Virtually zooming-in with sensory substitution for blind users

Galit Buchs, Shachar Maidenbaum, Amir Amedi, Shelly Levy-Tzedek

Research output: Chapter in Book/Report/Conference proceedingConference contributionpeer-review

1 Scopus citations

Abstract

When perceiving a scene visually we constantly move our eyes and focus on particular details, which we integrate into a coherent percept. Can blind individuals integrate visual information this way? Can they even conceptualize zooming-in on sub-parts of visual images? We explore this question virtually using the EyeMusic Sensory Substitution Device (SSD). SSDs transfer information usually received by one sense via another, here 'seeing' with sound. This question is especially important for SSD users since SSDs typically down-sample the visual stimuli into low-resolution images in which zooming-in to sub-parts could significantly improve users' perception. Five blind participants used the EyeMusic with a zoom-mechanism in a virtual environment to identify cartoon figures. Using a touchscreen they could zoom into different parts of the image, identify individual facial features and integrate them into a full facial representation. These findings show that indeed such integration of visual information is possible even for users who are blind from birth and demonstrates the approach's potential for practical visual rehabilitation.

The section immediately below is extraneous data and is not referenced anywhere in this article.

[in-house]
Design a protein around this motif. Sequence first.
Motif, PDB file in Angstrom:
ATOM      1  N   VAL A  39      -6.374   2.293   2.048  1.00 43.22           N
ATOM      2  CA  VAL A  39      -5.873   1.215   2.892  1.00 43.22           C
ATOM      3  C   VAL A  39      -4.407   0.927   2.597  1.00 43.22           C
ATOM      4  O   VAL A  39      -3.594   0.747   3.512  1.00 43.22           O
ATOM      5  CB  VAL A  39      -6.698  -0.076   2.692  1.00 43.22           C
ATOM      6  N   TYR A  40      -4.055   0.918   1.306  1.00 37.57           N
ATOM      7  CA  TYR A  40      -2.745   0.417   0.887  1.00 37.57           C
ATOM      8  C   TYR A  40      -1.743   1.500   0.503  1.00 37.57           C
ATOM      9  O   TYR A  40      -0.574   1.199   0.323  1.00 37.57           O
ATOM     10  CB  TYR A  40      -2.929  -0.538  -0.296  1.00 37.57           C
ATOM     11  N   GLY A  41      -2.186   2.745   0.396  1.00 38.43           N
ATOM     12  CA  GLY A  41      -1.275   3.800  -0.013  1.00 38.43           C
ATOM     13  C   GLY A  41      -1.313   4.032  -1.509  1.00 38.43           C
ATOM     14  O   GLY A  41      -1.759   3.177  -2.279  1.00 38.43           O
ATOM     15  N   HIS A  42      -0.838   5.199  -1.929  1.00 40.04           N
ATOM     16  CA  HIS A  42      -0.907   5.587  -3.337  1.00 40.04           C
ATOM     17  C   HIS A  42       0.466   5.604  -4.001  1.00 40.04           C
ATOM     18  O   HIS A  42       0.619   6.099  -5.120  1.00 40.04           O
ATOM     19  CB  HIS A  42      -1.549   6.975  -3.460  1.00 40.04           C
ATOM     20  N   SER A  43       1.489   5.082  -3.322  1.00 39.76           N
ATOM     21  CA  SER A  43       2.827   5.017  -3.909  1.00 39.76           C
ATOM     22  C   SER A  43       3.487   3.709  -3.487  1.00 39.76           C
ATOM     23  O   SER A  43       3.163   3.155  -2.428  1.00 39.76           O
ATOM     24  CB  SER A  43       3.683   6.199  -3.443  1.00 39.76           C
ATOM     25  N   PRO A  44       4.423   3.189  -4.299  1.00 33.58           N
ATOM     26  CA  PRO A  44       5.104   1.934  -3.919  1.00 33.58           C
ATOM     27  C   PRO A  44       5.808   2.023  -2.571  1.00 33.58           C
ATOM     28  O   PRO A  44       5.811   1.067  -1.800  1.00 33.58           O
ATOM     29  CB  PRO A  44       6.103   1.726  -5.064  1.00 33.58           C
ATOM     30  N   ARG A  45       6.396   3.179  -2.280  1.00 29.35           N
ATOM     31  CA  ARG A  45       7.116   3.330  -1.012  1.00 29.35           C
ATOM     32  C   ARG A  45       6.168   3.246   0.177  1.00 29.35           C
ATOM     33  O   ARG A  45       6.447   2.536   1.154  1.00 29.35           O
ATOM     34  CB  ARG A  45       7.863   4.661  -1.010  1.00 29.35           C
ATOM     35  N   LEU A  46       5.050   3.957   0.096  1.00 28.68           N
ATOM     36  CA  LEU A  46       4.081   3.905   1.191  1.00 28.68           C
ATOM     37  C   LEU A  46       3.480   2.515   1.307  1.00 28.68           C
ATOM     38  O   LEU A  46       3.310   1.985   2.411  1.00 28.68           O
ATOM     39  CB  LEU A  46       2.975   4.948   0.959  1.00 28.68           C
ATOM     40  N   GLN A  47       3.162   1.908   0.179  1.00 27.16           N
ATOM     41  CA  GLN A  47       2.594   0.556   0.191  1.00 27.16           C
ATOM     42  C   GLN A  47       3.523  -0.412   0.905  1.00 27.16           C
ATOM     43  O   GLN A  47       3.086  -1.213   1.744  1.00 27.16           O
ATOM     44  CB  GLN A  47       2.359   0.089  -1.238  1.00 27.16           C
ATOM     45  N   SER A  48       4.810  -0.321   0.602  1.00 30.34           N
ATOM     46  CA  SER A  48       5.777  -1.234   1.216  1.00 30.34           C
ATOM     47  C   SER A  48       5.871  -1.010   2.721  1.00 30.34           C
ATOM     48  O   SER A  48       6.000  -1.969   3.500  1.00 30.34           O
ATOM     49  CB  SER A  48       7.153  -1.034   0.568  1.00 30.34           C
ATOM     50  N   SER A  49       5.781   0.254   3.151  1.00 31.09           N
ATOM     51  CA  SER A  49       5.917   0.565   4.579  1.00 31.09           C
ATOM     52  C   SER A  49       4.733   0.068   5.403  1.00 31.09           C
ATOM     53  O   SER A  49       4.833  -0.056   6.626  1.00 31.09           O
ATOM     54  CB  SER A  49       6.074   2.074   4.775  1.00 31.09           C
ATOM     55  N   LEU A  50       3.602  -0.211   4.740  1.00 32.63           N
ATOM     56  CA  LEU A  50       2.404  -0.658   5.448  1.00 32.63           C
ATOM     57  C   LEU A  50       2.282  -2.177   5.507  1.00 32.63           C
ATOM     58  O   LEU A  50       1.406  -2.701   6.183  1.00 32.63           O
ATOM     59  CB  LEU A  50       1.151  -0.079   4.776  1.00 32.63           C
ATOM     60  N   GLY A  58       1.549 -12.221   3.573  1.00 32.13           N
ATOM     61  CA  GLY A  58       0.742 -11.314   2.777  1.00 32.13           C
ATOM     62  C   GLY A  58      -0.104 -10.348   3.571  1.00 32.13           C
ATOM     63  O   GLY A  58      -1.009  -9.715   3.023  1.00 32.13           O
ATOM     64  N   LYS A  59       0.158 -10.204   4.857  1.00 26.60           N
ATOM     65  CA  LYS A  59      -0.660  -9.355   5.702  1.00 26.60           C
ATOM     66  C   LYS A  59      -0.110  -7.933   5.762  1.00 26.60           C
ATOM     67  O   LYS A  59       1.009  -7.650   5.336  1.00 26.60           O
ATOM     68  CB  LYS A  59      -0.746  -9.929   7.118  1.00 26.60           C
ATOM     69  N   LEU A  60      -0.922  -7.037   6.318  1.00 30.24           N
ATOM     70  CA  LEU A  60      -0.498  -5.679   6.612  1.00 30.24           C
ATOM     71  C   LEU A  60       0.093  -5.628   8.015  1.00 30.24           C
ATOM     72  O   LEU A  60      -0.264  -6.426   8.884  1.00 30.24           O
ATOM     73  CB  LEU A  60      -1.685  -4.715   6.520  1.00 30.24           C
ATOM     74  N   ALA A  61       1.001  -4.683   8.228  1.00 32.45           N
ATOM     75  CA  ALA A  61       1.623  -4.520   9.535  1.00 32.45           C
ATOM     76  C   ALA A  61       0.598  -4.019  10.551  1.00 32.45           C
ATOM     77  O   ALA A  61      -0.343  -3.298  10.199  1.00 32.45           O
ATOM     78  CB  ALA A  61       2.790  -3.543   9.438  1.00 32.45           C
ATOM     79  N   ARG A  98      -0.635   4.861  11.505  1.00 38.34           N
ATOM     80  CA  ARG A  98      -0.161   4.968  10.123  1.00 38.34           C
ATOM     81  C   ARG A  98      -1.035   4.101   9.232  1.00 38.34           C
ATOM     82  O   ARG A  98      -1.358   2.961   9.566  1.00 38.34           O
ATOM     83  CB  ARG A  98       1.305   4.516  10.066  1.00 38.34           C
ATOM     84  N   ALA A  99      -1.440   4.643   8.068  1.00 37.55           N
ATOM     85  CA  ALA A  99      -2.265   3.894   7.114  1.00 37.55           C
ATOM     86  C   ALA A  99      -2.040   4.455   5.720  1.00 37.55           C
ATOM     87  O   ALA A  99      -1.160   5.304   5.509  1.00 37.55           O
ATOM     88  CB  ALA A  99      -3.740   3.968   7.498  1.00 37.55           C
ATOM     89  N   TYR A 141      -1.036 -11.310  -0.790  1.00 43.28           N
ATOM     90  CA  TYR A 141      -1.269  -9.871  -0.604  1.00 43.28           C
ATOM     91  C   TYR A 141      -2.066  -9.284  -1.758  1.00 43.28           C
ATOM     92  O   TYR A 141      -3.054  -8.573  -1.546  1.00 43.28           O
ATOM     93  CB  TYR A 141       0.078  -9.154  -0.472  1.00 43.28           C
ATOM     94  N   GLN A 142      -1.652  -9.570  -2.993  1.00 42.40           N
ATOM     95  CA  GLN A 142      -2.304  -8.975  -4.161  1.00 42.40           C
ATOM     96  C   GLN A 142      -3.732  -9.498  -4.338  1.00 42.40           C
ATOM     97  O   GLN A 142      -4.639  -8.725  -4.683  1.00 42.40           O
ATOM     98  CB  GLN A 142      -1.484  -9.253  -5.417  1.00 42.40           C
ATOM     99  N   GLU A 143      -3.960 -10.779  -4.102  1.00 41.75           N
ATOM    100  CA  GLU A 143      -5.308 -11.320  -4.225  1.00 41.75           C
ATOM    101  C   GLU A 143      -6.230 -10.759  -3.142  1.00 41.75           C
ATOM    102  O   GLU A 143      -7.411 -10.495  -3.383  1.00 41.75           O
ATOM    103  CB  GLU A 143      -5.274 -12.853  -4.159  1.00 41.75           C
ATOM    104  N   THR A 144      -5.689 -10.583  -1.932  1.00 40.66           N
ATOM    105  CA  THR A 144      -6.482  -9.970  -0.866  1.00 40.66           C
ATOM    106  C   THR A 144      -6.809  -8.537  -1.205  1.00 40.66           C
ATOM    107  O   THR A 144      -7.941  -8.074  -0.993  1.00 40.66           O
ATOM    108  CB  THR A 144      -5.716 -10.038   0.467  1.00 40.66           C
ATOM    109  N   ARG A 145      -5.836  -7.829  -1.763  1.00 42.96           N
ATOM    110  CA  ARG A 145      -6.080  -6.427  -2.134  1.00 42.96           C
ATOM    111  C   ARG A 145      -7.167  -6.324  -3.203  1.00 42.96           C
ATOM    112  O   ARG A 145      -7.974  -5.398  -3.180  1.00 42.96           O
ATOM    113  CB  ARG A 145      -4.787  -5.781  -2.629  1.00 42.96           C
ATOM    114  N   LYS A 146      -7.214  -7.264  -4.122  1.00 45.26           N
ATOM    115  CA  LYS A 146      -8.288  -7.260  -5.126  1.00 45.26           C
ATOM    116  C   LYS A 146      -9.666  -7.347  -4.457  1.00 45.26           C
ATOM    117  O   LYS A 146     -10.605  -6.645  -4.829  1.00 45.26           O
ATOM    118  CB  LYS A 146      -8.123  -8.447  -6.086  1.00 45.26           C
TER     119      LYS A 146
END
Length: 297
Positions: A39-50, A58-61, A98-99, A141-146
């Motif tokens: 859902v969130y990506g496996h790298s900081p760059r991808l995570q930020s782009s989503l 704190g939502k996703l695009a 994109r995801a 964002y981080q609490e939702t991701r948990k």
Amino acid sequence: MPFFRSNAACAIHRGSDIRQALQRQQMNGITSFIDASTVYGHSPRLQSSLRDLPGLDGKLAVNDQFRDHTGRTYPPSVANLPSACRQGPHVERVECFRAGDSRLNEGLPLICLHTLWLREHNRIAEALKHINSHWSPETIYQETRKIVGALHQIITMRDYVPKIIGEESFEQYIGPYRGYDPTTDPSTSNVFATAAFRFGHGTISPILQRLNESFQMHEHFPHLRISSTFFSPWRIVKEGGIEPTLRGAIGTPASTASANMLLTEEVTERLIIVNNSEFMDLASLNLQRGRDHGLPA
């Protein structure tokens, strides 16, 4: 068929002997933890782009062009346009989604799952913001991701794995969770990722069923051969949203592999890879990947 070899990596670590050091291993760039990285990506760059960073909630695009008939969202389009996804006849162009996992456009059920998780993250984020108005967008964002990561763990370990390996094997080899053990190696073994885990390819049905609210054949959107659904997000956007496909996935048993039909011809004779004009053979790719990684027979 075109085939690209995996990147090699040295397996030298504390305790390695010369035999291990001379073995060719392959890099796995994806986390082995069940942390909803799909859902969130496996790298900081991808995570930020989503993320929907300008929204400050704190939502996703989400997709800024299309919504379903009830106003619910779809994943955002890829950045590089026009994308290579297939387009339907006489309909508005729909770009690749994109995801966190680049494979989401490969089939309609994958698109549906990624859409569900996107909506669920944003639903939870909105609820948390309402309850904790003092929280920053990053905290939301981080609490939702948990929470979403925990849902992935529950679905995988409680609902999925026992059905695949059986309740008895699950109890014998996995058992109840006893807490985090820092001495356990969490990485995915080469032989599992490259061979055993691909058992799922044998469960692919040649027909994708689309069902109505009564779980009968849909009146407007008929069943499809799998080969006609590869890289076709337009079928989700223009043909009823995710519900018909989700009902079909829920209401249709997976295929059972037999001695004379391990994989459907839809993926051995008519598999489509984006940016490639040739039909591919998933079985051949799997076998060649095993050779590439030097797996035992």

Original languageEnglish
Title of host publication2015 International Conference on Virtual Rehabilitation, ICVR 2015
PublisherInstitute of Electrical and Electronics Engineers Inc.
Pages133-134
Number of pages2
ISBN (Electronic)9781479989843
DOIs
StatePublished - 16 Dec 2015
Event11th Annual International Conference on Virtual Rehabilitation, ICVR 2015 - Valencia, Spain
Duration: 9 Jun 201512 Jun 2015

Publication series

NameInternational Conference on Virtual Rehabilitation, ICVR
ISSN (Electronic)2331-9569

Conference

Conference11th Annual International Conference on Virtual Rehabilitation, ICVR 2015
Country/TerritorySpain
CityValencia
Period9/06/1512/06/15

Keywords

  • action-perception
  • active sensing
  • motor control
  • sensory substitution
  • vision rehabilitation

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